The paper isn’t paygated so check it out – it’s only 6 pages so definitely accessible. Don’t worry about the couple of typos in the paper, bizarre as it may be to find them in a paper that presumably was reviewed, the ideas are still good.
The key idea is that prediction markets usually focus on binary events. Will Person Y win the election? Will China invade Taiwan? These outcomes are relatively easy to predict and circumvent important challenges of extreme outcomes and Taleb’s Black Swans.
A quote from the paper, itself quoting Taleb’s book, Fooled By Randomness, sums up the problem of trying to live in. Binary world when the real world has a wide range of outcomes.
In Fooled by Randomness, the narrator is asked “do you predict that the market is going up or down?” “Up”, he said, with confidence. Then the questioner got angry when he discovered that the narrator was short the market, i.e., would benefit from the market going down. The trader had a difficulty conveying the idea that someone could hold the belief that the market had a higher probability of going up, but that, should it go down, it would go down a lot. So the rational response was to be short.
I didn’t really want to have my first blog post in months be as brief as this, but when XKCD makes me laugh I feel the need to share it. Going to try to blog more regularly over the coming months, so watch this space.
A few people have mentioned that they found my “live blogging” or tweeting of the 2013 LAC Seminar in Cape Town and Joburg useful. I used the hastag #LACseminar2013. I’m repeating all of them here in case they’re useful in a slightly more long-lived medium of my blog. I didn’t cover all the sessions – below is all there is and yes, in reverse order for bizarre reasons I’m not going to go into now.
@23floor: Also, envisaged that product specifications, including commission, must be filed with regulator #LACseminar2013 #microinsurance
@23floor: And yes, a range of market conduct, board composition requirements are envisaged for micro insurance #LACseminar2013 #microinsurance
@23floor: Raw (cleaned and anonymize) data *might* be released publically. I would definitely support this. Data should be open #LACseminar2013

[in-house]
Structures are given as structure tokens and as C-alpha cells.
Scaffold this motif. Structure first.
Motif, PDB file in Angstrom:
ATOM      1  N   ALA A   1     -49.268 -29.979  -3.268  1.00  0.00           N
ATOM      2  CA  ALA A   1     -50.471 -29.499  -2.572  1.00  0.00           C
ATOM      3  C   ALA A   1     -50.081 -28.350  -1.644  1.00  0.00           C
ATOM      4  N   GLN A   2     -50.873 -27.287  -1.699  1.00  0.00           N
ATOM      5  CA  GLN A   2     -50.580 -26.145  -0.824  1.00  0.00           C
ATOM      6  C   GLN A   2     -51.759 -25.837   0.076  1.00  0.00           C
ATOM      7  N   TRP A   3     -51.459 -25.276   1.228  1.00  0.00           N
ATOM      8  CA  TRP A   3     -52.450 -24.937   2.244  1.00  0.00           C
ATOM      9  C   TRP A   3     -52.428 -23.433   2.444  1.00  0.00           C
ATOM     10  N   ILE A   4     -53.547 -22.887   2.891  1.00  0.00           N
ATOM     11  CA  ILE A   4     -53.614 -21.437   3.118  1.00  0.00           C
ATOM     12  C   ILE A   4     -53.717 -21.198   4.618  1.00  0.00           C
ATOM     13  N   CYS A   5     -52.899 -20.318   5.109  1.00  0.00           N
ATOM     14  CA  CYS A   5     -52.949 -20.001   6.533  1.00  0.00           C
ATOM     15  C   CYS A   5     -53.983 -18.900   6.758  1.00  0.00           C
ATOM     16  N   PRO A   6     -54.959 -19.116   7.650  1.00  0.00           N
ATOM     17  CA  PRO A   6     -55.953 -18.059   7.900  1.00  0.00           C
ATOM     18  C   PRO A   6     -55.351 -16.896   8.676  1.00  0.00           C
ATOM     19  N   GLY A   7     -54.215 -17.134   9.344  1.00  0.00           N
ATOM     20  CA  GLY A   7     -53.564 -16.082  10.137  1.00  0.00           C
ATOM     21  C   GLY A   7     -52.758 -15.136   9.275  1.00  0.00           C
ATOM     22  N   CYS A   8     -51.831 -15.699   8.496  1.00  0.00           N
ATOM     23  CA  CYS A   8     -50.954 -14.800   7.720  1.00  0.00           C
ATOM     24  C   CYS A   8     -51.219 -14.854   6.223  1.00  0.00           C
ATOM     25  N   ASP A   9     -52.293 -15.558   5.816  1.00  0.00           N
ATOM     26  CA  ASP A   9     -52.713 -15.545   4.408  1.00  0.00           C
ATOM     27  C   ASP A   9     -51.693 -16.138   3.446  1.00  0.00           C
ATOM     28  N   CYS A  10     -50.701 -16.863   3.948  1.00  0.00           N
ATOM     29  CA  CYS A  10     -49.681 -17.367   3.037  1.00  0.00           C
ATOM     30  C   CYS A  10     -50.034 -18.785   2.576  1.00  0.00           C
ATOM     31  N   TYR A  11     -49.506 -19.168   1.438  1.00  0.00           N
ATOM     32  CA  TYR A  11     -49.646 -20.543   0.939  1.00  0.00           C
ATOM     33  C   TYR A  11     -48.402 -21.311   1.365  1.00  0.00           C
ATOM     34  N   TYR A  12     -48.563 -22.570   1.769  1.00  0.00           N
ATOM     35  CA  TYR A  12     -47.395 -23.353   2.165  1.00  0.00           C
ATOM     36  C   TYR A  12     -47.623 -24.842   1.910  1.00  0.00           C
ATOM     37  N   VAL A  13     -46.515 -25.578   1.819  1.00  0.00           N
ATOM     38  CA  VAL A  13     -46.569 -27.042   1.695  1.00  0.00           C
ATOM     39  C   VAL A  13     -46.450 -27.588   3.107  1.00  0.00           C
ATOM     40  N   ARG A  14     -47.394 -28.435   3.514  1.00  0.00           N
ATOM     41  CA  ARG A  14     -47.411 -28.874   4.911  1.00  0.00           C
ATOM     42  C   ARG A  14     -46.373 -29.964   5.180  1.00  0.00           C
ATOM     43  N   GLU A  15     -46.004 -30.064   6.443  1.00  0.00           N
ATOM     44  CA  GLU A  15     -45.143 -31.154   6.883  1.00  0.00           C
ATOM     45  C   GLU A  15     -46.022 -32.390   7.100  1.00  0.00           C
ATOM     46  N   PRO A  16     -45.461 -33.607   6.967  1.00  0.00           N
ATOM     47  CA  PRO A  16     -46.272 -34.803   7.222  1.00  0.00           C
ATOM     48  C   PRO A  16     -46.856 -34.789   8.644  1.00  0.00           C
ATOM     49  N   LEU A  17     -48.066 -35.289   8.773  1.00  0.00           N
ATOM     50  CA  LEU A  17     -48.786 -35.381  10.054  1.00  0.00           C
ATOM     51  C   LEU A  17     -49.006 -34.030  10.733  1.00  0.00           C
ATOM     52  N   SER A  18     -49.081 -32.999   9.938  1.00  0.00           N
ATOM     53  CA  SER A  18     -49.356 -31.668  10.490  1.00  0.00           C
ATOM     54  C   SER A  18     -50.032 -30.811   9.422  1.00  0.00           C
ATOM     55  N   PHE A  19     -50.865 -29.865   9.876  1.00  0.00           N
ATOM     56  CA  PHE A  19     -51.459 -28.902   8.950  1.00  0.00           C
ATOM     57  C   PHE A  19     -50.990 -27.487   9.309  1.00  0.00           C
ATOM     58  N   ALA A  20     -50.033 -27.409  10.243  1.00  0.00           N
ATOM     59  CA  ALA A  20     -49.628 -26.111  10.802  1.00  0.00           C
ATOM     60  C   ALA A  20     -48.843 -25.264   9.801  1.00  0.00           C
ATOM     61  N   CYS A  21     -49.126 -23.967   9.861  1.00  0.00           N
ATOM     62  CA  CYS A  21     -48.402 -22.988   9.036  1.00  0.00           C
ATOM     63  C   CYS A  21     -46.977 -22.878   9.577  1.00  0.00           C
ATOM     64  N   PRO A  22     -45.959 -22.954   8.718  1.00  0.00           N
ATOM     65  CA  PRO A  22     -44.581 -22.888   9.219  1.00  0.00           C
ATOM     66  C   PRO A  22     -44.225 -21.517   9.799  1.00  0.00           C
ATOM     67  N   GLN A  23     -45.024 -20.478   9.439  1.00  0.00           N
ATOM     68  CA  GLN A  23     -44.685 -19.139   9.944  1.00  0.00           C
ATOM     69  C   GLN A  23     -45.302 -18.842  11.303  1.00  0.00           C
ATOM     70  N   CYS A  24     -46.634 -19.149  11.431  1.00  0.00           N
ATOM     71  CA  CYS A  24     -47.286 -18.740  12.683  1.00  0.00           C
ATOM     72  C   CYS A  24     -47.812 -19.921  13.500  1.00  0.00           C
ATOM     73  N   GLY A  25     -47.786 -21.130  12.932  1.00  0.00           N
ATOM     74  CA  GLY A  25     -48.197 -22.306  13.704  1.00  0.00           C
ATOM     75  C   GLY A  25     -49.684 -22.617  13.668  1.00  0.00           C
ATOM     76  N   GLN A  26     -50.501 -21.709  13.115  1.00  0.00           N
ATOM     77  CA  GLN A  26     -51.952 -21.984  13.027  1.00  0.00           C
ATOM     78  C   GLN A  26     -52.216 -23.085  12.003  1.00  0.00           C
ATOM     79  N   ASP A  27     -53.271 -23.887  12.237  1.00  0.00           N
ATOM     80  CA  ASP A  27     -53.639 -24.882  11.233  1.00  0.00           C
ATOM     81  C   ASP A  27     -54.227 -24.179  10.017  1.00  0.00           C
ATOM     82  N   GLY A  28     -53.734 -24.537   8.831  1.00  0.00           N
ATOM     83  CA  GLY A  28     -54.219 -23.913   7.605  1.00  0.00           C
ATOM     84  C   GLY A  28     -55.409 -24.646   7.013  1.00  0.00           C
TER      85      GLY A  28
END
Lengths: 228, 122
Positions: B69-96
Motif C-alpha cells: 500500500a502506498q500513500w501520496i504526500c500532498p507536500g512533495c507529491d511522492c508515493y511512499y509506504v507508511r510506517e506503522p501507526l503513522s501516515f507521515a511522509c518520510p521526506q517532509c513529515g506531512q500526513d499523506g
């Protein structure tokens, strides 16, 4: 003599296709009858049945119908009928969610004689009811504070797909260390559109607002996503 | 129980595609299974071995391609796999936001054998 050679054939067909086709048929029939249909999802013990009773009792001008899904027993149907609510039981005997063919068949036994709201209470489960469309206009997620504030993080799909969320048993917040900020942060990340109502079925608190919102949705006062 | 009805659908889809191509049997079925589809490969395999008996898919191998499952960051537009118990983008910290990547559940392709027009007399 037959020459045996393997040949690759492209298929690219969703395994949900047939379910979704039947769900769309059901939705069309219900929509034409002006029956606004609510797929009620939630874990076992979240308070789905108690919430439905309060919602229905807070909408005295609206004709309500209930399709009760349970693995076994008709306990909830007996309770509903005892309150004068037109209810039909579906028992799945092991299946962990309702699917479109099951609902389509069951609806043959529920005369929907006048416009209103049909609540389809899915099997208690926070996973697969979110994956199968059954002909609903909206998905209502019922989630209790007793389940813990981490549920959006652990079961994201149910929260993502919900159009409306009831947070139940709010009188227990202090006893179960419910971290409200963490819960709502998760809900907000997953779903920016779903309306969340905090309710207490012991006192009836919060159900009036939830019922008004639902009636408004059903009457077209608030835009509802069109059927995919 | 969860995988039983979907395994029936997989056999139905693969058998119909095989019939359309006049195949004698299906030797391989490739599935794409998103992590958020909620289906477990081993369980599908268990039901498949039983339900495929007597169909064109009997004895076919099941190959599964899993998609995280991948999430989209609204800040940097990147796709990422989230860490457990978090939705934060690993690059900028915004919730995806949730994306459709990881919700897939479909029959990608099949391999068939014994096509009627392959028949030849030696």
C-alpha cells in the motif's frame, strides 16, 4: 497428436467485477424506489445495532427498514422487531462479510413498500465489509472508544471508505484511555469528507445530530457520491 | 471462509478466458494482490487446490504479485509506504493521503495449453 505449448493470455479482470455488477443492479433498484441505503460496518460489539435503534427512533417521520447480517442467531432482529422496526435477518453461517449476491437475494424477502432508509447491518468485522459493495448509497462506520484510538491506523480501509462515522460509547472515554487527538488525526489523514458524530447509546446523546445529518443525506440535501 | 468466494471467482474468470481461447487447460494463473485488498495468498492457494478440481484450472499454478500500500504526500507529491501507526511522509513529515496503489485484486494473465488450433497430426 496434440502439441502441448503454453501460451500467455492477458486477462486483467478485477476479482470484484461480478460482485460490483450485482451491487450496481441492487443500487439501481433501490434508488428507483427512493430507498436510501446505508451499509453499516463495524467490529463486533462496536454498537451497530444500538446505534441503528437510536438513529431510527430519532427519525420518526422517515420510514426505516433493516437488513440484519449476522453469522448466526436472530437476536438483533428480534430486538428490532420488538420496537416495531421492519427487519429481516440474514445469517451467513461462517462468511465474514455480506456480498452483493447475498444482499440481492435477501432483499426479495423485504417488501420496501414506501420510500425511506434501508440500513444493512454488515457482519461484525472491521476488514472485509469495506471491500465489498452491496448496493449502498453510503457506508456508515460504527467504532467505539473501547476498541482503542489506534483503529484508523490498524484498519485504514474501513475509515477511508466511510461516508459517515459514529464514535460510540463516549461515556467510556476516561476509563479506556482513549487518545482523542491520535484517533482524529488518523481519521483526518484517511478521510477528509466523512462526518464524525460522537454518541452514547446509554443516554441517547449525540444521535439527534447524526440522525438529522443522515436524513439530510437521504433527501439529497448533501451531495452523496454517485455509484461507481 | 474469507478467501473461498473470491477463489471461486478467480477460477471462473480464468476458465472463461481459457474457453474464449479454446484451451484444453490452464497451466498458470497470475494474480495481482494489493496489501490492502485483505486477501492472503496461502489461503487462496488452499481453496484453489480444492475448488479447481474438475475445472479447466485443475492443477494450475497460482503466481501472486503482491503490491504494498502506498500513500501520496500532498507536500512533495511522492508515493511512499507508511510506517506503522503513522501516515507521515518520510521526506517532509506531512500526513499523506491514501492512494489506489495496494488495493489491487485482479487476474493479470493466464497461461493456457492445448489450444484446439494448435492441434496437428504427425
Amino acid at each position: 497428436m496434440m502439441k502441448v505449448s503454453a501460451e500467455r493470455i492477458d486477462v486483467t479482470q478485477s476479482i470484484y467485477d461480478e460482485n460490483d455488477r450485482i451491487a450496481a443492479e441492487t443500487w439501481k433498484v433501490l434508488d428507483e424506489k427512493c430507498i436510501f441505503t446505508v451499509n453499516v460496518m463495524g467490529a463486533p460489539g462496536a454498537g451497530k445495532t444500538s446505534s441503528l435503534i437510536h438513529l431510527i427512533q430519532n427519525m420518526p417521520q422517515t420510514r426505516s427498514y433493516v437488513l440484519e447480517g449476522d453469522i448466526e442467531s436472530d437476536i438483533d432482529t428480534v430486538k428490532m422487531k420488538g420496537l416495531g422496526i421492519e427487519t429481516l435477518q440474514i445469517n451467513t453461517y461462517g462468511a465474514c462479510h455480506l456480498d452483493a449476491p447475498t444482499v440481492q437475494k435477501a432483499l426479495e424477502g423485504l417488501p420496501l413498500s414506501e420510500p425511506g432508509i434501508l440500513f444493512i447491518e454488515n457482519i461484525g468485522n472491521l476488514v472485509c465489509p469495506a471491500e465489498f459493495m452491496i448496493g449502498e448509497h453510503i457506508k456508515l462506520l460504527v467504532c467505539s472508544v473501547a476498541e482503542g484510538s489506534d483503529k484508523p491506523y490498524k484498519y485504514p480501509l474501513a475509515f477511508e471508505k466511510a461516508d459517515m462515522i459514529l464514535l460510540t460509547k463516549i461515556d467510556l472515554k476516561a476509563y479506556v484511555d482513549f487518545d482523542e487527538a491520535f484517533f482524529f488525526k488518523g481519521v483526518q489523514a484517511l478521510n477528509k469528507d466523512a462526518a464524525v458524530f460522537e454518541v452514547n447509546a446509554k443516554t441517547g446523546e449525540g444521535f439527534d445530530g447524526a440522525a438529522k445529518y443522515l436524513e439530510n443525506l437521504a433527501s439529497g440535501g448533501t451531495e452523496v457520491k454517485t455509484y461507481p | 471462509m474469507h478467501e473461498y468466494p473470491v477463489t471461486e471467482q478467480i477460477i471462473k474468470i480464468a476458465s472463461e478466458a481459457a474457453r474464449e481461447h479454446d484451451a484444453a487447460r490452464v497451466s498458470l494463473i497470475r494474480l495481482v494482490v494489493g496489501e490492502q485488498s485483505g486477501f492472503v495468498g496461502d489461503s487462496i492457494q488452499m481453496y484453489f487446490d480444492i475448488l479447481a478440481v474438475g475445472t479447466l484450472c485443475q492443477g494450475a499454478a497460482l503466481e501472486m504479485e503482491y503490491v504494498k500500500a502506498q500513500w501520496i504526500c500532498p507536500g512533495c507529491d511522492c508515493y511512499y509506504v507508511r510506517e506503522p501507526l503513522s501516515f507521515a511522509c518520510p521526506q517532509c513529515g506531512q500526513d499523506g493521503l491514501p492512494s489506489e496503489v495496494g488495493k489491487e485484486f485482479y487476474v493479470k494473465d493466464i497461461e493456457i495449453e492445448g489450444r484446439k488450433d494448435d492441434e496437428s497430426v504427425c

I can only begin to imagine the data horrors of dealing with multiple insurers, multiple sources, multiple different data problems. The analysis they do is critically useful and, in technical terms, helluva interesting. I enjoyed the presentation at both the Cape Town and Johannesburg #LACseminar2013 just because there is such a rich data set and the analysis is fascinating.
I do hope they agree to my suggestion to put the entire, cleaned, anonymised data set available on the web. Different parties will want to analyse the data in different ways; there is simply no way the CSI Committee can perform every analysis and every piece of investigation that everyone might want. Making the data publicly available gives actuaries, students, academics and more the ability to perform their own analysis. And at basically no cost.
The other, slightly more defensive reason, is that mistakes do happen from time to time. I’m very aware of the topical R-R paper that was based on flawed analysis of underlying data. Mistakes happen all the time, and allowing anyone who wants to have access to the data to repeat or disprove calculations and analysis only makes the results more robust.
So, here’s hoping for open access mortality investigation data for all! And here’s thanking the CSI committee (past and current) for everything they have already done.
Income inequality is a bad thing. It’s a suboptimal scenario. This isn’t something that is debatable. It follows from a few fairly fundamental principles:
Wealth demonstrates diminishing marginal returns. This is evidenced through risk aversity and other empirical studies
Happiness does generally increase with wealth, but at a decreasing rate.
There’s plenty of evidence that living in an area where others have more money than you makes you unhappy, even if you’d be happy with the exact same amount of money in a neighbourhood where you earned more than average.
In other words, taking money away from the wealthy to give to the poor makes the wealthy less unhappy than it makes the poor happy. More equal incomes will improve over happiness. Although I suspect the action of “taking away from the wealthy” has a certain inherent bias to unhappiness itself.
Statistics and sampling are fundamental to almost all of our understanding of the world. The world is too big to measure directly. Measuring representative samples is a way to understand the entire picture.
Popular and academic literature are both full of examples of poor sample selection resulting in flawed conclusions about the population. Some of the most famous examples relied on sampling from telephone books (in the days when phone books still mattered and only relatively wealthy people had telephones) resulting in skewed samples.
This post is not about bias in sample selection but rather the simpler matter of sample sizes.
Population size is usually irrelevant to sample size
I’ve read too often the quote: “Your sample was only 60 people from a population of 100,000. That’s not statistically relevant.” Which is of course plain wrong and frustratingly wide-spread.
Required Sample Size is dictated by:
How accurate one needs the estimate to be
The standard deviation of the population
The homogeneity of the population
Only in exceptional circumstances does population size matter at all. To demonstrate this, consider the graph of the standard error of the mean estimate as the sample size increases for a population of 1,000 with a standard deviation of the members of the population of 25.